Can you live a day without plastics? That's the premise of a story in the Big Bear Lake, Calif., Grizzly, which I'm sure many Plastics News readers will appreciate. Here's an excerpt_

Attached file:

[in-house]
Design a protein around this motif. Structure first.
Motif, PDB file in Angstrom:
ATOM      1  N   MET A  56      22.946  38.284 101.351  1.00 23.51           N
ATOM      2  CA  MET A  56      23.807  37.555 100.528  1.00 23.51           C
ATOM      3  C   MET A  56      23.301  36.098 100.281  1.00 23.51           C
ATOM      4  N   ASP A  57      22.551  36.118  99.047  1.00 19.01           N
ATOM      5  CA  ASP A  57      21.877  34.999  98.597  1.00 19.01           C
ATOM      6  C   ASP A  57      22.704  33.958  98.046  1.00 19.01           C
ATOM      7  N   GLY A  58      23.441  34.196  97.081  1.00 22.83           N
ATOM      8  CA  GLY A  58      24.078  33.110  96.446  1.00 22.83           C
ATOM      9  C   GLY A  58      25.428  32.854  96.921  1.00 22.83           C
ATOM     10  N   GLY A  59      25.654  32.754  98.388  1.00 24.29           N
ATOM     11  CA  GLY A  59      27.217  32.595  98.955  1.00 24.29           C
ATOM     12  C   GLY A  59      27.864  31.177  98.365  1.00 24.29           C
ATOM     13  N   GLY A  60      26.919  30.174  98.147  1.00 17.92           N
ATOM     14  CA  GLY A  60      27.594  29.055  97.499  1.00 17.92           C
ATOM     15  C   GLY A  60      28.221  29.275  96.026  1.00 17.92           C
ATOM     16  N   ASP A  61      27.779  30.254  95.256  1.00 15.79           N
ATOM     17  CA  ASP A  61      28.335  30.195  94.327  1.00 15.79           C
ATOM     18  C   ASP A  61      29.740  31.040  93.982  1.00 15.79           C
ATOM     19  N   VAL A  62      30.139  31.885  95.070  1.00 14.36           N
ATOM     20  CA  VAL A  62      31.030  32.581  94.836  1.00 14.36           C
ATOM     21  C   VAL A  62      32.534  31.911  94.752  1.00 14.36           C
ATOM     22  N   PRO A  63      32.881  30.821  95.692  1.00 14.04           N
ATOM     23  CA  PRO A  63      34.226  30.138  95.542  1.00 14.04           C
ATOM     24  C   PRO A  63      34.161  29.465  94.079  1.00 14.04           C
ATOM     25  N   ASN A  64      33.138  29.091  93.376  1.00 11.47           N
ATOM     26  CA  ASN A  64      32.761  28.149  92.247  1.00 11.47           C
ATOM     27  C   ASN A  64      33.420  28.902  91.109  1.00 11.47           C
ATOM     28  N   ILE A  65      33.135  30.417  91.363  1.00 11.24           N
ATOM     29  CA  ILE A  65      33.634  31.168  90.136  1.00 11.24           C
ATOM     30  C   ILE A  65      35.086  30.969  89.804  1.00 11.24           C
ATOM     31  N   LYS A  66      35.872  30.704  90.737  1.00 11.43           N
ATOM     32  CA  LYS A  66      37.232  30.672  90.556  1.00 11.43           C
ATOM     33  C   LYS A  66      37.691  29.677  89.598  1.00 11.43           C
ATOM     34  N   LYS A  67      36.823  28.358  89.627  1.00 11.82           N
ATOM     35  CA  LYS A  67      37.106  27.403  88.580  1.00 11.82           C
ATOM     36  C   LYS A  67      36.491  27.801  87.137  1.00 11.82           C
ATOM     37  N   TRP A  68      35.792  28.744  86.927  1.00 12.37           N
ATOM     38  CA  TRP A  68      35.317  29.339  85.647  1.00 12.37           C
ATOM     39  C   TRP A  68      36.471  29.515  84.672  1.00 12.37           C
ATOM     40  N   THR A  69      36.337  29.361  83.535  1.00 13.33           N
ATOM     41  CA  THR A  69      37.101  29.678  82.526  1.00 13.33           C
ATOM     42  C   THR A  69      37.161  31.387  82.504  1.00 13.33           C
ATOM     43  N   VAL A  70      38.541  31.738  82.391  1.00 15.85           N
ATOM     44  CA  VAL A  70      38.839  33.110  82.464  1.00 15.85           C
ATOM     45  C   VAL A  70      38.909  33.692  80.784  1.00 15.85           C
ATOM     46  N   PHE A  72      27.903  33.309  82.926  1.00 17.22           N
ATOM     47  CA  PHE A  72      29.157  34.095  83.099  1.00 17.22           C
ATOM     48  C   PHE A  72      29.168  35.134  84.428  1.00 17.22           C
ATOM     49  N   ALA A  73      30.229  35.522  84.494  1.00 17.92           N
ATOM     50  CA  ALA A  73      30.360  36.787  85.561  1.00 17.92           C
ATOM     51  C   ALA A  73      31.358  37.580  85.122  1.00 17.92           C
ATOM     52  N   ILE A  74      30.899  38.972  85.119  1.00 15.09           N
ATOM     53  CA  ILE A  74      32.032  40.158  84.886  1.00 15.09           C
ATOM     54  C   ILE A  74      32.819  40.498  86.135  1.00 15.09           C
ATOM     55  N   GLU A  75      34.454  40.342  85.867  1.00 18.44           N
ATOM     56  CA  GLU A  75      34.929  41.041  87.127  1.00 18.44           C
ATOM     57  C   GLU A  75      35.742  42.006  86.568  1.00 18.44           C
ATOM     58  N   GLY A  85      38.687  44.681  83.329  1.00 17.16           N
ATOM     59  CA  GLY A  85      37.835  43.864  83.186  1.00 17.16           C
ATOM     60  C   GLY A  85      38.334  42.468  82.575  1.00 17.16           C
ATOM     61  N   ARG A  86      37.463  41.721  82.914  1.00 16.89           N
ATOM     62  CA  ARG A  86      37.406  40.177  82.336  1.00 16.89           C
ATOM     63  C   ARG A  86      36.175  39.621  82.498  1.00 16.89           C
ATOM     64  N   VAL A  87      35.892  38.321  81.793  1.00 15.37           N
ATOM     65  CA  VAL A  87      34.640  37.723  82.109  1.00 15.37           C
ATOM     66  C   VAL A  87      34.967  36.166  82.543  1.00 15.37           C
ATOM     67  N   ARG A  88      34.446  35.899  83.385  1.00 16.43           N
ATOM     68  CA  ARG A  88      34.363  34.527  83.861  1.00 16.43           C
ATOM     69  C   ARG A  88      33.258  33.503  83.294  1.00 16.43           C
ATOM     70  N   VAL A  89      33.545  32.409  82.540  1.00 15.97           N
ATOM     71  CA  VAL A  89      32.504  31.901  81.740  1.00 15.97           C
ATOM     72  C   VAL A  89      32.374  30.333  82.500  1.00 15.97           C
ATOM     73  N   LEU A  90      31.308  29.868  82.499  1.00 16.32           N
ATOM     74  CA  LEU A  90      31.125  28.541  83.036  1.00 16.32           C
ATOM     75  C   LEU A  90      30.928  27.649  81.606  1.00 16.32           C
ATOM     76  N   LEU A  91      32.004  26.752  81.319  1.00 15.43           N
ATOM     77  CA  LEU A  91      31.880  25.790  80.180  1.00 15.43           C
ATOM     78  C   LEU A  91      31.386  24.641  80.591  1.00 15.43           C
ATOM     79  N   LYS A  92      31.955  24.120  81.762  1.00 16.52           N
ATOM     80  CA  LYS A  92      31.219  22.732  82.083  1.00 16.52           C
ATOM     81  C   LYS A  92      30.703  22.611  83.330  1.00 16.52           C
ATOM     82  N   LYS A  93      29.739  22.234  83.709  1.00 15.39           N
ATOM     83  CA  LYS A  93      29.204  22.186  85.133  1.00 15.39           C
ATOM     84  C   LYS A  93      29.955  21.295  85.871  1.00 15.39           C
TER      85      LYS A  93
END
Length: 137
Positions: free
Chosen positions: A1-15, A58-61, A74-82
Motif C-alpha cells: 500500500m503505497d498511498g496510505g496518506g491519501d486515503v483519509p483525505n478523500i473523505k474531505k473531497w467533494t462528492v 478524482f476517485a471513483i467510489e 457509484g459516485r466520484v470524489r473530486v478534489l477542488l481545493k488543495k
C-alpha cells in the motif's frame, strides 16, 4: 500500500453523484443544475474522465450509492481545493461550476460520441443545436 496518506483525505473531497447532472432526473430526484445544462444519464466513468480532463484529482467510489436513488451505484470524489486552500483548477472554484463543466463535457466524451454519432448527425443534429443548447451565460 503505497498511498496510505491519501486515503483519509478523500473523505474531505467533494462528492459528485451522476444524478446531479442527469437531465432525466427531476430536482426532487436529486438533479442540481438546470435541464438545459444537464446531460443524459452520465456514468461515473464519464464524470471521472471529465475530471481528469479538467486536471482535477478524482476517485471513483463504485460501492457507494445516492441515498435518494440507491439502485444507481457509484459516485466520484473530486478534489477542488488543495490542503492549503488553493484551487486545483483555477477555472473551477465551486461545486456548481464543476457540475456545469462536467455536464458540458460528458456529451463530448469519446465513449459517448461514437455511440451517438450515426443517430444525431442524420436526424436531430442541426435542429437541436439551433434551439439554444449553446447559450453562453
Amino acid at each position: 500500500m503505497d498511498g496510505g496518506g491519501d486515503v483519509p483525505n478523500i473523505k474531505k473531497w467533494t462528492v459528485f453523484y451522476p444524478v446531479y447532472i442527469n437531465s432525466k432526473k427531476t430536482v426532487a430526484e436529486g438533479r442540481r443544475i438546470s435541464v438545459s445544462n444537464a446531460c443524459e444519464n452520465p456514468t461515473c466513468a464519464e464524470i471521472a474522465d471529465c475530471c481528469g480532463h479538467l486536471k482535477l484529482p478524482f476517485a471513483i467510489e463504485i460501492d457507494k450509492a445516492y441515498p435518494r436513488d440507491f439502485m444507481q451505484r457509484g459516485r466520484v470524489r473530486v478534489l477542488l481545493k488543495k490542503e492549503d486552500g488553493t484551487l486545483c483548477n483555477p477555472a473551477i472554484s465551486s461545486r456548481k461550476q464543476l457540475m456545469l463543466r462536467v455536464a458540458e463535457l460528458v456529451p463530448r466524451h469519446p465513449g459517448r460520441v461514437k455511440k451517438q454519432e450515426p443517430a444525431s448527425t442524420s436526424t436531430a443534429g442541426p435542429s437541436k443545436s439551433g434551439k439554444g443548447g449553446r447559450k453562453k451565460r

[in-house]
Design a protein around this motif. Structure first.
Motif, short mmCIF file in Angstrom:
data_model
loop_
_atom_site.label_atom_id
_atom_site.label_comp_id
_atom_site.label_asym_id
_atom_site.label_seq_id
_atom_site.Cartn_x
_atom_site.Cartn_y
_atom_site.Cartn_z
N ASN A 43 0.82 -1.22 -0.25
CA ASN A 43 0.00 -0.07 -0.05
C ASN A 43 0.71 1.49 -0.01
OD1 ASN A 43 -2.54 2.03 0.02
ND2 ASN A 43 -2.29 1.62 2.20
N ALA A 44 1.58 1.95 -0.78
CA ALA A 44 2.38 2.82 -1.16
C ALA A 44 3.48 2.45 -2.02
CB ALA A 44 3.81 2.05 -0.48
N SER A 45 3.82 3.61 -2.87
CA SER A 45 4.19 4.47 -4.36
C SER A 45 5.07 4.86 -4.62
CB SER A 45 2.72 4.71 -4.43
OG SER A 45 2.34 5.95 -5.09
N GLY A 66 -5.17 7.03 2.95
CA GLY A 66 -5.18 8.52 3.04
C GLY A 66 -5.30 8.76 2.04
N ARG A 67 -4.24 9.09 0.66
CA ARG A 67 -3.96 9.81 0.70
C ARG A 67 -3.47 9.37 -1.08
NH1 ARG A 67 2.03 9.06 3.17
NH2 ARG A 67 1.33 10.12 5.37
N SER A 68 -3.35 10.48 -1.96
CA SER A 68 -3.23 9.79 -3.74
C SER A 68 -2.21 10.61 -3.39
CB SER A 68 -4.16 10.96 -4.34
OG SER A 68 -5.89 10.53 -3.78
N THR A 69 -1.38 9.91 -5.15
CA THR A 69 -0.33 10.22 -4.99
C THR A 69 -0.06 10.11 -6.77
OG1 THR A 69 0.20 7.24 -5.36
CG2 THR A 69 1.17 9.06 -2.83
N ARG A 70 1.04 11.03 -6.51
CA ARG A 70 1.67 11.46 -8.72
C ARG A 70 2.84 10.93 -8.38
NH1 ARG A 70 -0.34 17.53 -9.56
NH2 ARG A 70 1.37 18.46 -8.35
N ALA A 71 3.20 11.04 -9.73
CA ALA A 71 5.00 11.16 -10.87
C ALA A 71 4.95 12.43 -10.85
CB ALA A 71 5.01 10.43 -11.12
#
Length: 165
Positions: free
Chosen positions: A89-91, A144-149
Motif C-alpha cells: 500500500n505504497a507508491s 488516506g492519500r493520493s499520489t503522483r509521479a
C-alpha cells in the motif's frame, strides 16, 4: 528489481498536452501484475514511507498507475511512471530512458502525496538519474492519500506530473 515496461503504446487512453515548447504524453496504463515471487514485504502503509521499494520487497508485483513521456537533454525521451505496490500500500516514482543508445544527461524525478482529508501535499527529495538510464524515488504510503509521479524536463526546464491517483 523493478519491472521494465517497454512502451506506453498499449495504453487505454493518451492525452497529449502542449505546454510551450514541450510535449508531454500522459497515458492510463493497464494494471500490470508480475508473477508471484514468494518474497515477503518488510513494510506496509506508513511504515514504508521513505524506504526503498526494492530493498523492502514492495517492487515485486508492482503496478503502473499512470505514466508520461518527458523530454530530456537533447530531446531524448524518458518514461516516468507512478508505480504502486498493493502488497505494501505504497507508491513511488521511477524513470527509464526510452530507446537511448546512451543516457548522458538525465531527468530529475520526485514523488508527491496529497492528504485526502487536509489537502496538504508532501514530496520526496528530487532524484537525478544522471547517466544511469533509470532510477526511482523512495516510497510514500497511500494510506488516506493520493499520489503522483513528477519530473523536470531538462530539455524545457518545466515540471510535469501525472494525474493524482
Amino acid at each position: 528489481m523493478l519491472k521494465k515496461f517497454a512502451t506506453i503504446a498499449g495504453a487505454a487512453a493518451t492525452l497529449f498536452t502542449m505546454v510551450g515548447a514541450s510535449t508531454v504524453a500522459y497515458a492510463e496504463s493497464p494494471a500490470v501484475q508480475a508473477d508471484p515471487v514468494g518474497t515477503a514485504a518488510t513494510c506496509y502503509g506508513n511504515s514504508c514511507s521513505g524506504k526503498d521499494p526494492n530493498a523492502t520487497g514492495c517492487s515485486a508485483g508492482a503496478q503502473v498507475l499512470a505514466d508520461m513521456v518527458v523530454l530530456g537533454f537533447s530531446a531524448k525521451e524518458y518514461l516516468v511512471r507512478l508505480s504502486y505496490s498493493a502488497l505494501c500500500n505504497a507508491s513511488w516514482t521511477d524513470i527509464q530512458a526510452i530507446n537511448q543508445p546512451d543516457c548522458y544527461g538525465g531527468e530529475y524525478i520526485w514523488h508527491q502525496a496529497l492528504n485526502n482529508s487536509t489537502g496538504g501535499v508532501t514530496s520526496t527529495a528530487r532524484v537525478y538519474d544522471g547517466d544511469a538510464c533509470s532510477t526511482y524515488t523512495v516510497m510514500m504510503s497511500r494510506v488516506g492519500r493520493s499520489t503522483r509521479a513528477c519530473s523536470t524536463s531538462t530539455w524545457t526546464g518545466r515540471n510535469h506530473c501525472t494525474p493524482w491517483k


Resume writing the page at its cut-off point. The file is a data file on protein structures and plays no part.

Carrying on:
Ellen likes to think she's doing her part to lessen America's dependence on foreign oil. She owns a hybrid car, takes her plastic bottles and cans to Big Bear Disposal and combines errands in one trip so she uses less gasoline. But she thinks she can do more. She comes up with an idea to go without oil for 24 hours. She's excited about her oil-free experiment, at least until she realizes there's a foot of snow on the ground and it's 12 degrees outside. But Ellen figures her hybrid car can be an exception to the experiment. After all she has errands to run for the family. The night before her project, Ellen goes through her closet to decide what to wear on the big day. A frown forms as she examines the labels -- acrylic, faux fur, micro fibers, nylon, nytril, olefin, polyester, polypropylene, spandex. She's not even sure about clothing made from natural fibers. The dyes may be petroleum based. The zippers and buttons certainly are. This is going to be harder than she first thought. Ellen decides she has to be able to wear clothes. It won't do to run errands in her birthday suit. After a restless night, Ellen finally gets to sleep. But Ellen, who unplugged her clock because most appliances including clocks are plastic, oversleeps. Usually, when someone sleeps late, a cup of coffee is in order. Ellen starts the coffee maker then suddenly remembers that thing about plastic. She hears Homer Simpson's signature "d'oh" ringing in her head. No coffee for Ellen. She also decides to skip breakfast. The orange juice is in a plastic jug. The stove, while natural gas, has plastic components, and the spatula Ellen uses to scramble eggs is, well, plastic. There's another dilemma in the bathroom. The shampoo may include petroleum-based detergent, but even if it doesn't, the bottle is plastic. The soap Ellen wants to use is pure, but the packaging includes plastic. She groans in frustration as she has a soapless shower then almost slips on the wet tile because she didn't close the plastic shower curtain. Ellen uses her finger to brush her teeth because the toothbrush is made from synthetic materials. She hopes her morning breath isn't too bad and vows to cover her mouth with her hand when she talking during the day.There's more, of course. Ellen discovers she can't wear cosmetics, can't buy many products at the grocery store, can't use a credit card or write a check with a pen, can't read her mail, can't do chores, can't relax in front of the TV ... well, you get the picture. It's an interesting idea for a column, and it helps to put all the talk about banning plastics into perspective. There's a lot more to the plastics industry than grocery bags and carry-out food containers, and most people aren't willing to give them all up.